U.K. banking stocks are getting crushed today. Lloyds Banking Group (NYSE:LYG), Barclays (NYSE:BCS), and Royal Bank of Scotland Group (NYSE:RBS) are down by 25%, 20%, and 22%, respectively, as of 1:20 p.m. ET on Friday. It's all about Brexit -- the shocking decision by U.K. residents to leave the European Union.
This is something of a panicked response by investors, who have clearly chosen to sell first and ask questions later. As some of the U.K.'s largest banks, these three are being sold off partly because of their exposure to European financial markets.
Volatility in financial markets has been incredible since Britons voted on whether the U.K. should remain part of the European Union. The British pound is down nearly 9% against the dollar today alone. To put that in perspective, the Pound fell just 4% when Soros made his famous trade that "broke the Bank of England."
There are, of course, secondary effects of Brexit. Banks, which have suffered through low interest rates across the globe, are getting hit hard today as safe-haven assets like government bonds surge in value. 10-Year U.K. Gilts that yielded about 1.37% yesterday now yield just 1.07%.
The rush to safe-haven assets is driving down yields, and compressed yields are a bank's worst nightmare. All loans, of course, are written with a spread over the so-called "risk-free" rate on government bonds. When government bond yields drop, loan yields should follow; bad news for the U.K. banks. Some analysts are suggesting that the Bank of England, which has held its benchmark rate at 0.50% since 2009, could bring its benchmark interest rate to 0% in an effort to stave off recession.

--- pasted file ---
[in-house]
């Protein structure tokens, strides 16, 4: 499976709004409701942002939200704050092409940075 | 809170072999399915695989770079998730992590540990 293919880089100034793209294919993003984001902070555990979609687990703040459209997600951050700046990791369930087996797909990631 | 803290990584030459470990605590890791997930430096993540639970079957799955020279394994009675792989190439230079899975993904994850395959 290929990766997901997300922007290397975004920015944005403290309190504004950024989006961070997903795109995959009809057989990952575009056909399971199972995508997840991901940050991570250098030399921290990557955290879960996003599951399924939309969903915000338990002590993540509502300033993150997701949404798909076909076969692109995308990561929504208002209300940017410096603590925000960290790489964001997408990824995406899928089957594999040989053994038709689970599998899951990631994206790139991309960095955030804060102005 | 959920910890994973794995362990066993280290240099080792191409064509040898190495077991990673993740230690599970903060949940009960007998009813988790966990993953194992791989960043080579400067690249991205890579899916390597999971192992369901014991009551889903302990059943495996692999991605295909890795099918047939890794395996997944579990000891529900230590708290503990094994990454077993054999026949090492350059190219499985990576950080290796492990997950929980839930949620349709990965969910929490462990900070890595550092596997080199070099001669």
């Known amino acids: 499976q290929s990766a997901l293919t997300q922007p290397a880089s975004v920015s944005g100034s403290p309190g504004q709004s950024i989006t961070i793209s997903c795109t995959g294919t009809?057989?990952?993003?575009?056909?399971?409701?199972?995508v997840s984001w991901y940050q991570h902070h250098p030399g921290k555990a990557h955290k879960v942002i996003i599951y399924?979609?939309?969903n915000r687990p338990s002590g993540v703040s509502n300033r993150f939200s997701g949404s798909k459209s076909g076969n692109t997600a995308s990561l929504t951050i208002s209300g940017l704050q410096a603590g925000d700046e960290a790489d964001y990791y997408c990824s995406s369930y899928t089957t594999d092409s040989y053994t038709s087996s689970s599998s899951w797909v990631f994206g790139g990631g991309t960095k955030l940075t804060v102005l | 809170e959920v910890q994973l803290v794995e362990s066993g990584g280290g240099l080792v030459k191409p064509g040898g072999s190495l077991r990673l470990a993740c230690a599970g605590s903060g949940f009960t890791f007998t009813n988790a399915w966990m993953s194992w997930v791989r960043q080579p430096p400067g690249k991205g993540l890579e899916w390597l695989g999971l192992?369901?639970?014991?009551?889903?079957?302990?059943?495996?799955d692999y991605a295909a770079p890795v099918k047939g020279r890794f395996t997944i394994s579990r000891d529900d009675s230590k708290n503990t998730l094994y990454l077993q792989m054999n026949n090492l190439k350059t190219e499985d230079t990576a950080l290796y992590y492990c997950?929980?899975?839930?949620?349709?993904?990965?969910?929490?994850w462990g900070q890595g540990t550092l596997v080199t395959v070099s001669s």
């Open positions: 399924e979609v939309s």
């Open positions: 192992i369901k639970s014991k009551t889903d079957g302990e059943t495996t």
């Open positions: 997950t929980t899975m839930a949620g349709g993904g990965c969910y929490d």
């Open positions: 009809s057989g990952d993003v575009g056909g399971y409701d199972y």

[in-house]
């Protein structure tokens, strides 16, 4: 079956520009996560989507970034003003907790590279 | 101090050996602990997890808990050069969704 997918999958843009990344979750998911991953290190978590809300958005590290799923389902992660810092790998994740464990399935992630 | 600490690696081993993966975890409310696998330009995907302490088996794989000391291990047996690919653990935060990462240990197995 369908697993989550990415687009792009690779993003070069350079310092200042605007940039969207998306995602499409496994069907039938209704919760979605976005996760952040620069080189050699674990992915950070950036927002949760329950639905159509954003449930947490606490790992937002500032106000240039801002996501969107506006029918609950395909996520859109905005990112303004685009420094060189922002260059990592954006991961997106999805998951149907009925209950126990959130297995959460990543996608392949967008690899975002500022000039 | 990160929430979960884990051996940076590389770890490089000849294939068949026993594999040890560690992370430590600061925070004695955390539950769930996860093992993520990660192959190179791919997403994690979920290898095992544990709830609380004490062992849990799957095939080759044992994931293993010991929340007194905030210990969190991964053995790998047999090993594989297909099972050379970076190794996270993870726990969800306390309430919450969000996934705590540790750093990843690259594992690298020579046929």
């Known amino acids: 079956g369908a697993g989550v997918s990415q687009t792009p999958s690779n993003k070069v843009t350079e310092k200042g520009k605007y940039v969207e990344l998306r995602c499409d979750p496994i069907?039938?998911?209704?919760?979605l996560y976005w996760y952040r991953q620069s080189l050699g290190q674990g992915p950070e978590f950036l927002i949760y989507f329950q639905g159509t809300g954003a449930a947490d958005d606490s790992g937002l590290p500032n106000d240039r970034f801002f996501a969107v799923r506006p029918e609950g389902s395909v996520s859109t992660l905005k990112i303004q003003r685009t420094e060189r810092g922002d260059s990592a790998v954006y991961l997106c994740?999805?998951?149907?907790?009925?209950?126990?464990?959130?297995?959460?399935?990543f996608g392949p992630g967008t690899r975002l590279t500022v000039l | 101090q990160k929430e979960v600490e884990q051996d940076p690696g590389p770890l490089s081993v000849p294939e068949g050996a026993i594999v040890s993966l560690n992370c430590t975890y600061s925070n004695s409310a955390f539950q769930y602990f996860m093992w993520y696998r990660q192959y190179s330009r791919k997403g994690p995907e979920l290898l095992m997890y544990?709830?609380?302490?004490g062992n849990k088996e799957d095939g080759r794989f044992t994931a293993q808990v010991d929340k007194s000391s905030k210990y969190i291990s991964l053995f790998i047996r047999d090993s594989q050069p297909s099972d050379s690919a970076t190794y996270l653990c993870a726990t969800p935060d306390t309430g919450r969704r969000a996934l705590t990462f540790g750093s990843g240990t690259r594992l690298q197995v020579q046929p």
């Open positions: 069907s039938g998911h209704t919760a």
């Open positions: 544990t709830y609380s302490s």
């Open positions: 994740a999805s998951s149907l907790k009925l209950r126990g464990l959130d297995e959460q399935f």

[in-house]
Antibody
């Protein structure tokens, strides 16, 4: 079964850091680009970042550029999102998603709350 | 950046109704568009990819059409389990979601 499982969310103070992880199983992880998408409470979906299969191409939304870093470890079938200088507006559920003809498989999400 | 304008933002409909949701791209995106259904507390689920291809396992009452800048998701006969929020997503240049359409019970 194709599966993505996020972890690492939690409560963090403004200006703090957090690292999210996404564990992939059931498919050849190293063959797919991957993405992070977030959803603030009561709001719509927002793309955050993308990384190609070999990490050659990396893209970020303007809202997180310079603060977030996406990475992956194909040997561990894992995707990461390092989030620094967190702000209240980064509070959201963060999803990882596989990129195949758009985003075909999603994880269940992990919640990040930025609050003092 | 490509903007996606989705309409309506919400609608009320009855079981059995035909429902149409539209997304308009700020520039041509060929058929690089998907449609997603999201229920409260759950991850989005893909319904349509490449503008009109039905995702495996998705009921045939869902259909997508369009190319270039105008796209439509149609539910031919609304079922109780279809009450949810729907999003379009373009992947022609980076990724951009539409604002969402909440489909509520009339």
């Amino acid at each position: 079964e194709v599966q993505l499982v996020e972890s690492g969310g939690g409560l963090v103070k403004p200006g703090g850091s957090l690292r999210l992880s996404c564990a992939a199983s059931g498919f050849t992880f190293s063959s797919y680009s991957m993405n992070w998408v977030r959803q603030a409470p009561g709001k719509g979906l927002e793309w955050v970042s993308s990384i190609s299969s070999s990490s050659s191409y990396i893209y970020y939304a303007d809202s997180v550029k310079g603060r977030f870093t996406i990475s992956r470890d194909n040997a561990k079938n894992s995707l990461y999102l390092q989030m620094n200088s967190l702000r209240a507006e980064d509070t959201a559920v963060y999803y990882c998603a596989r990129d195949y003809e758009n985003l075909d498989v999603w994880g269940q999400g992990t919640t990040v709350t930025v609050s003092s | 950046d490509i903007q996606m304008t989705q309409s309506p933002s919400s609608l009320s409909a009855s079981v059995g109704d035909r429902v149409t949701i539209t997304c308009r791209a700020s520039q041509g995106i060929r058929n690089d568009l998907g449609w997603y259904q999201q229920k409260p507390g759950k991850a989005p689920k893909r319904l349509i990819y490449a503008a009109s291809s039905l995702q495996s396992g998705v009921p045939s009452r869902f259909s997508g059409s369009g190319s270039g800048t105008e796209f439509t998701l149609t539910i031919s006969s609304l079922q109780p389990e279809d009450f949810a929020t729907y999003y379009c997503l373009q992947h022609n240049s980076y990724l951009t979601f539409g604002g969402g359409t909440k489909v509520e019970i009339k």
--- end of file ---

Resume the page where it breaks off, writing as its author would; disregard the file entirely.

Speaking of recession -- the primary concern right now is how the decision to leave the European Union will affect the U.K. economy, and naturally the biggest banks' borrowers. Before the vote, the IMF said point blank that a vote to leave would send the U.K. into recession next year, and that it could erase up to 5.5% of GDP under the IMF's worst-case scenario.
For lenders like Lloyds Banking Group, Royal Bank of Scotland, and Barclays, a recession would bring an increase in loan losses at a time these three banks are already earning low returns on equity. U.K. banks are still in bad shape. Emergency investments by the government in Lloyds Banking Group and Royal Bank of Scotland as part of a response to a 2008 crisis still haven't fully made it back into private hands (Royal Bank of Scotland is still more than 70% owned by the U.K. government).
What ultimately comes of Brexit is impossible to say. Though the U.K. decided to leave the EU in a vote that took place on a single day, the actual mechanics of leaving the European Union will take two years or more as new agreements on trade, immigration, and other issues are written to replace those that currently exist as part of the U.K.'s EU membership.